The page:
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World Economic Forum 2024: Key results

The annual meeting of the World Economic Forum in Davos, Switzerland, brought together 3,000 participants from around the globe. That included 1,600 business leaders, 350 heads of state and government ministers, and hundreds of academics, civil society leaders, and entrepreneurs. 

It was an elite affair as always, with sky-high lodging fees, champagne nightcaps, and chances to see and be seen by people holding some of the most influential jobs on the planet.

Quartz was on the ground all week, attending as many of the 450-plus conference sessions as we could, while still leaving time for “bi-lats” (that’s Davos-speak for one-on-one meetings) and writing up our coverage of the proceedings.

Now that the event has wrapped, scroll through our takeaways to see what you missed.

CEOs are really nervous about geopolitics

When we asked Paul Knopp, the CEO of KPMG US, what he came to Davos feeling most worried about, he echoed a common refrain heard in Davos this week. “Last year, for me, it would have been the economy. I’m a little more concerned right now about the number of geopolitical concerns around the world that could create shocks,” he said.

“The war that’s happening in the Gaza Strip, in Israel, what’s happening in the Red Sea and the Suez Canal and how that’s disrupting some supply chains, the continuing concerns around the war in Ukraine and the continuing impacts on energy security and food security that still have extreme importance to a lot of parts of the world, including Europe, and then, you know, just the tensions among countries that might be a little more nationalistic and their behaviors more isolationist. To me that warrants some higher level of concern.”

Or, as the WEF put it, “This year’s meeting convened against the most complex geopolitical and geoeconomic backdrop in decades, making the need for purpose-driven, impactful action all the more important.”

Politicians are nervous about the fate of democracy

With elections this year in countries that are home to a combined 4.2 billion people, democratic leaders are worried about the threats of fascism, nationalism, disinformation, and other number of other risks for free societies.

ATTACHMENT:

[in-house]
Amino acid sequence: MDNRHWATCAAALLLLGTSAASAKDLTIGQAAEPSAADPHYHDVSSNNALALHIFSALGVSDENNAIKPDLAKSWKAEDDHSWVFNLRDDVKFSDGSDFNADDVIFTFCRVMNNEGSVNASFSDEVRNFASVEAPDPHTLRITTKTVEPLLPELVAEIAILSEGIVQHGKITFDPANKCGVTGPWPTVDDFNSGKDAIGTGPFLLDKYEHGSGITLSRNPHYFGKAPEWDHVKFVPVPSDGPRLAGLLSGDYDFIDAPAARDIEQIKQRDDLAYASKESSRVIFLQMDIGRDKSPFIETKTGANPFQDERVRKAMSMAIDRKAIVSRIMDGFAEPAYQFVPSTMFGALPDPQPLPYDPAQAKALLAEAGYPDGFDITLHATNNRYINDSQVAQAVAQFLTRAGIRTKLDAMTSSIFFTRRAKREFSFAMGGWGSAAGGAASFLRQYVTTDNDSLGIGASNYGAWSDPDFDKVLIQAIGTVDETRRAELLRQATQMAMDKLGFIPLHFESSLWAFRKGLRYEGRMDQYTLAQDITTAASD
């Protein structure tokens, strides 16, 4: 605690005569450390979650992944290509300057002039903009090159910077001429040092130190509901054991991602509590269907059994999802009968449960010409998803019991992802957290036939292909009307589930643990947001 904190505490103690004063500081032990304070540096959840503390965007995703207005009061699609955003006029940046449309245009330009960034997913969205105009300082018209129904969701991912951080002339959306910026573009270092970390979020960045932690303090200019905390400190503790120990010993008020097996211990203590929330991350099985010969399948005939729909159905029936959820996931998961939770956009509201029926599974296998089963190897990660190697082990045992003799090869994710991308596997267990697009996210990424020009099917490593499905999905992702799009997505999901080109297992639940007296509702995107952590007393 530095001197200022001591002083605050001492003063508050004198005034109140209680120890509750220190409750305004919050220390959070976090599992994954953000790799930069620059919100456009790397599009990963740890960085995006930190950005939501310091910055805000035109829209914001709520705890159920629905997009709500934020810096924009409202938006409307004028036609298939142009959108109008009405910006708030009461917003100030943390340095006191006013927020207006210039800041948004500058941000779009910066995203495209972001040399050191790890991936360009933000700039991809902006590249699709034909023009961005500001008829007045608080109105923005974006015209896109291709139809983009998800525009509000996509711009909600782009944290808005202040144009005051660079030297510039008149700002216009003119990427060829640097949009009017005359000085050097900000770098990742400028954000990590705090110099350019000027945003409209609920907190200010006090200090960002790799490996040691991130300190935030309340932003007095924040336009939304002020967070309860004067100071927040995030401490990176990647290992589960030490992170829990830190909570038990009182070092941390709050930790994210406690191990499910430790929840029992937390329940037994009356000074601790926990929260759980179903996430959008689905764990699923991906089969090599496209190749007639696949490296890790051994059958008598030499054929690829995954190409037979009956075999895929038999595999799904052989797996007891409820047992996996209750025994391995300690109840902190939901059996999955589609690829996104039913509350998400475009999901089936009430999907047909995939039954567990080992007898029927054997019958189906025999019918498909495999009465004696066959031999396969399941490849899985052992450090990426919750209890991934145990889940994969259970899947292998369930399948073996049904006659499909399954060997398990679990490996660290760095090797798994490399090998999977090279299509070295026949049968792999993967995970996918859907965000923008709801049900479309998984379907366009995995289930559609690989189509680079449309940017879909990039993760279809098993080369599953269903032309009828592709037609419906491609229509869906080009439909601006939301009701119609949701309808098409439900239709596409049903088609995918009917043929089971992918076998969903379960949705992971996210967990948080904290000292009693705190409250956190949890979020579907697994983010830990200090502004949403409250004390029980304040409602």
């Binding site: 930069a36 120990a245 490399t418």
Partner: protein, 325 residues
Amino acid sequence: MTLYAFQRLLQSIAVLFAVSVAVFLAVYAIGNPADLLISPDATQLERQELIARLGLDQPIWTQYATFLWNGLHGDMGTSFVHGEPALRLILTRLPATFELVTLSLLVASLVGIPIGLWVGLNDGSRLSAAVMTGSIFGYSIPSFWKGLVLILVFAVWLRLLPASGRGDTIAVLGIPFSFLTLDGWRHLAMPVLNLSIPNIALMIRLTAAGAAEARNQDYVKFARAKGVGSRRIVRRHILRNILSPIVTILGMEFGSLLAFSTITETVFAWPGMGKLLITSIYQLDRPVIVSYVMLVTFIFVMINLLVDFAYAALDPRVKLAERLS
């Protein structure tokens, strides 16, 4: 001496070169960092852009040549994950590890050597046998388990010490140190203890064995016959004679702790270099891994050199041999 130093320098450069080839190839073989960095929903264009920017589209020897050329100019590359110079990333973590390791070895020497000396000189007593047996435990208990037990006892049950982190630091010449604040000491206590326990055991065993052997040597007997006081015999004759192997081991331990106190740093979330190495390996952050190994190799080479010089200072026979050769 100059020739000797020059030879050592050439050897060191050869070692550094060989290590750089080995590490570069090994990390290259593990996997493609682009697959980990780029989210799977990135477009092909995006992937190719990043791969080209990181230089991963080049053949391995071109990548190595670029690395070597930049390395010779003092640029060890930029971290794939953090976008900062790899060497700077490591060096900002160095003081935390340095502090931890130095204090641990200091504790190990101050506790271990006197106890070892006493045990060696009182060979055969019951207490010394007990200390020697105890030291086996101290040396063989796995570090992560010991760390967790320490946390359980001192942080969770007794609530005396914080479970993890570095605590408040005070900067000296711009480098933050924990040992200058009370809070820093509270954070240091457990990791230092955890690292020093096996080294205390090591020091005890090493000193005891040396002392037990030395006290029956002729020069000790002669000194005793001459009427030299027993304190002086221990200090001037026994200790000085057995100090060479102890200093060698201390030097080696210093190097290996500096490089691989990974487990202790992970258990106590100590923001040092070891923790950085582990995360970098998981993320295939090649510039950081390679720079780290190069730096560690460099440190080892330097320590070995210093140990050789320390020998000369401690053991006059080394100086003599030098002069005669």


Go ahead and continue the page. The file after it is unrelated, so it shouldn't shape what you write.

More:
“We are now reaching a watershed moment: 2024 will be the year when European countries and the EU will be in a position to decide if we want to be sovereign or not,” French president Emmanuel Macron said, addressing just one region where elections are coming up soon.

Economists are pretty evenly split in their forecasts

In the WEF’s latest survey of chief economists, conducted in November and December, 56% said they expect the global economy to weaken this year.

But that means 44% of them don’t.

The connections between climate and health are getting clearer

The UN’s COP environmental conference had its first ever “Health Day” last year. In Davos, several panels nodded to the increasing awareness about how climate change affects human health. In one of them, Nisia Trindade Lima, Brazil’s minister of health, described her long list of concerns, including waterborne and mosquito-borne diseases that come with flooding and extreme rainfall; malnutrition that can come with drought; the overburden on public health infrastructure during climate-induced health crisis; the damage to those facilities from extreme weather; and the mental health impact of physical stressors tied to climate change.

It’s a good time for companies to get their data cleaned up

Salesforce president and chief financial officer Amy Weaver told us that companies in wait-and-see mode on investing in artificial intelligence still have important AI-related work they can do in the meanwhile: get their data houses in order.

“Now is the time,” she said, noting it will be much easier to feed data into AI models when it’s been streamlined, scrubbed of duplicates, and otherwise put into usable form.

Sam Altman is looking ahead to artificial general intelligence (AGI) — and a quiet life

The CEO of OpenAI made a big splash this year in Davos, where AI was referenced in nearly every session we attended. As part of the official WEF agenda, Altman sat on a panel in Congress Hall, the event’s largest meeting venue, with the CEOs of corporate heavyweights Accenture, Pfizer, and Salesforce, along with British finance minister Jeremy Hunt. On the conference sidelines, at a lunch hosted by Salesforce co-founder Marc Benioff, Altman was the surprise guest speaker — and the victim of a minor grilling about his personal goals for the next 10 years.

“In our industry, people are always overestimating [what they can accomplish] in a year but underestimating what they’re able to do in one decade and certainly in a couple of decades,” Benioff said. “So tell me, in one decade, where is your mind? What would you like to have under your belt, fully accomplished? Where do you see yourself? Where would you be living? What would you be doing? … What is going on? Give us the full picture now.”

After the laughter died down, the recently married Altman replied, “I think the definition of AGI has become so fuzzy, it’s sort of irrelevant. But I think in a decade we will have made something that most people will consider AGI. I hope to be working on that, watching this wonderful world unfold, living on our ranch, raising our kids, having as quiet of a life as I can.”

Heather Landy